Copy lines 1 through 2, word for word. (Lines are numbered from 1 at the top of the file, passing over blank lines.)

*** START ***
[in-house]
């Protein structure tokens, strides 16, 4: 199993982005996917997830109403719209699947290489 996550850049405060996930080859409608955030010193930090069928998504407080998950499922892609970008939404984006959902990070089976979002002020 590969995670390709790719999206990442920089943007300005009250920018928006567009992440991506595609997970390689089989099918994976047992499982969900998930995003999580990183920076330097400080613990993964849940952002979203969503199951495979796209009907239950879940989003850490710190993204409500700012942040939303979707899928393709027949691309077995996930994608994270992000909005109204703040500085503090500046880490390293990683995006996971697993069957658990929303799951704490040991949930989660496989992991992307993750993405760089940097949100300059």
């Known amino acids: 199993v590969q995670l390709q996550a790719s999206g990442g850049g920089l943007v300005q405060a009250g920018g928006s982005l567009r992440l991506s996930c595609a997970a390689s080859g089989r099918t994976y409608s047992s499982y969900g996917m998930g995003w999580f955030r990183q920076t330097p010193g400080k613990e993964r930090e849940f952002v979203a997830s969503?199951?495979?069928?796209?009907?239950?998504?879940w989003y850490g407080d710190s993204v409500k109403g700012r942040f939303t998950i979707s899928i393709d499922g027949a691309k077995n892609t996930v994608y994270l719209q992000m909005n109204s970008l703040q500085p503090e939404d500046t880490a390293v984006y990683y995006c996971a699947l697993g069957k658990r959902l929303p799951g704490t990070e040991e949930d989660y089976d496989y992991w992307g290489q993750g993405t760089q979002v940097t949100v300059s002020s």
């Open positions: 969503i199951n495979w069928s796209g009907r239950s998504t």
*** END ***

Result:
[in-house]
């Protein structure tokens, strides 16, 4: 199993982005996917997830109403719209699947290489 996550850049405060996930080859409608955030010193930090069928998504407080998950499922892609970008939404984006959902990070089976979002002020 590969995670390709790719999206990442920089943007300005009250920018928006567009992440991506595609997970390689089989099918994976047992499982969900998930995003999580990183920076330097400080613990993964849940952002979203969503199951495979796209009907239950879940989003850490710190993204409500700012942040939303979707899928393709027949691309077995996930994608994270992000909005109204703040500085503090500046880490390293990683995006996971697993069957658990929303799951704490040991949930989660496989992991992307993750993405760089940097949100300059």